Mum 'watched her son die' as doctors missed brain tumour
Published 10/01/2014 | 02:30
The mother of a two-year-old boy who died after a series of blunders saw his brain tumour go undiagnosed has described how she "watched him die".
Max Earley was admitted to hospital after vomiting repeatedly for days but despite having a CT scan, his tumour went undiagnosed and he died the following month, an inquest has heard.
The inquest at Westminster Coroner's Court, London, heard that one doctor incorrectly read the scan, missing the tumour, while another doctor thought the scan had been reviewed by experts at Great Ormond Street Hospital, when in fact they never looked at it.
Max first fell ill in August 2012 after his behaviour changed and he began vomiting constantly.
He was admitted to Hillingdon Hospital in Uxbridge, west London, where a CT scan was carried out amid fears he might have a brain tumour.
But consultant radiologist Dr Christopher Williams admitted he missed the tumour when he looked at the scan. Instead, as another test showed up a potential hernia, doctors focused on a possible gastro-intestinal cause of the toddler's illness, referring him to London's Chelsea and Westminster Hospital.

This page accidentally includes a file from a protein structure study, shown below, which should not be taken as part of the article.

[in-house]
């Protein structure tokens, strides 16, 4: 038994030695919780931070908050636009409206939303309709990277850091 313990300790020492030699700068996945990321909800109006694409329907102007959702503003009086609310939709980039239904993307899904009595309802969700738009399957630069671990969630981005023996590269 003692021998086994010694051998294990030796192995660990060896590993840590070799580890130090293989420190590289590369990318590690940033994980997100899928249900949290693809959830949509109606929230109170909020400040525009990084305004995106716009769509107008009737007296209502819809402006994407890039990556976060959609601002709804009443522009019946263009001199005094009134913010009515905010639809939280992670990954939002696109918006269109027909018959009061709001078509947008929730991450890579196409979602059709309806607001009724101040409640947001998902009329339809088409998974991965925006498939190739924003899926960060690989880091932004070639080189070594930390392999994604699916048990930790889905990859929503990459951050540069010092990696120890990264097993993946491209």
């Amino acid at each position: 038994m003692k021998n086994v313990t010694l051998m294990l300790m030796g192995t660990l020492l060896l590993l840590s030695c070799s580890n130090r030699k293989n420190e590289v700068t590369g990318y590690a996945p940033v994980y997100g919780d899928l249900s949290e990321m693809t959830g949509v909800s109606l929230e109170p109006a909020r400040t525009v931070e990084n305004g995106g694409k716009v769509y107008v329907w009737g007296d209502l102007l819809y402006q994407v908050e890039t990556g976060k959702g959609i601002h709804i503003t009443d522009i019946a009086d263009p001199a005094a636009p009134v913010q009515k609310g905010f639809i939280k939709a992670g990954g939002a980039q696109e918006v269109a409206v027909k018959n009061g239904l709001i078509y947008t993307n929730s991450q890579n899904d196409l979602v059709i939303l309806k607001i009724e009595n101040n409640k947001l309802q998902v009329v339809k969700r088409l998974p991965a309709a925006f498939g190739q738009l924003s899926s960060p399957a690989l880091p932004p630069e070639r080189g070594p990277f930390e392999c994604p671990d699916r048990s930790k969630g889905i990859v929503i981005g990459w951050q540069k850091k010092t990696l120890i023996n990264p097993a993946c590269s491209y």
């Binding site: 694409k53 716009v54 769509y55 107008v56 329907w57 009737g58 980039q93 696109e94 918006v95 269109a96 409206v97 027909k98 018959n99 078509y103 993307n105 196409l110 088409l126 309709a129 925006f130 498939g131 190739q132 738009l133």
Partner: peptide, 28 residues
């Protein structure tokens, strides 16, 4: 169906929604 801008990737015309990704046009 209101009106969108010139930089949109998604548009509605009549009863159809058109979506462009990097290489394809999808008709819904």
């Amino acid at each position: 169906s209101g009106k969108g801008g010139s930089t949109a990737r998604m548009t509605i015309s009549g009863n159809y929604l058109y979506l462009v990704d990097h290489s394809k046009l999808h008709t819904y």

An MRI scan that would have shown the tumour was "put on hold" while doctors looked at possible gastric problems, the court heard, and was never done, despite one doctor telling the court she had text messaged a colleague to say she thought one should be.
After being allowed home, Max was readmitted to hospital in September as his condition worsened, and his parents watched as he deteriorated.
On the night of September 23 his condition became acute and he was rushed to Great Ormond Street, where the tumour was finally diagnosed. But despite emergency surgery to remove some of it, Max never recovered and died on September 28, 2012, aged 27 months.
His mother Caroline Earley, from Harefield, near Hillingdon, told the court that as his condition worsened, she told doctors she feared her son was dying before her eyes.
Dr Williams admitted there was an error on his part when he said the scan was clear. The inquest was adjourned to today.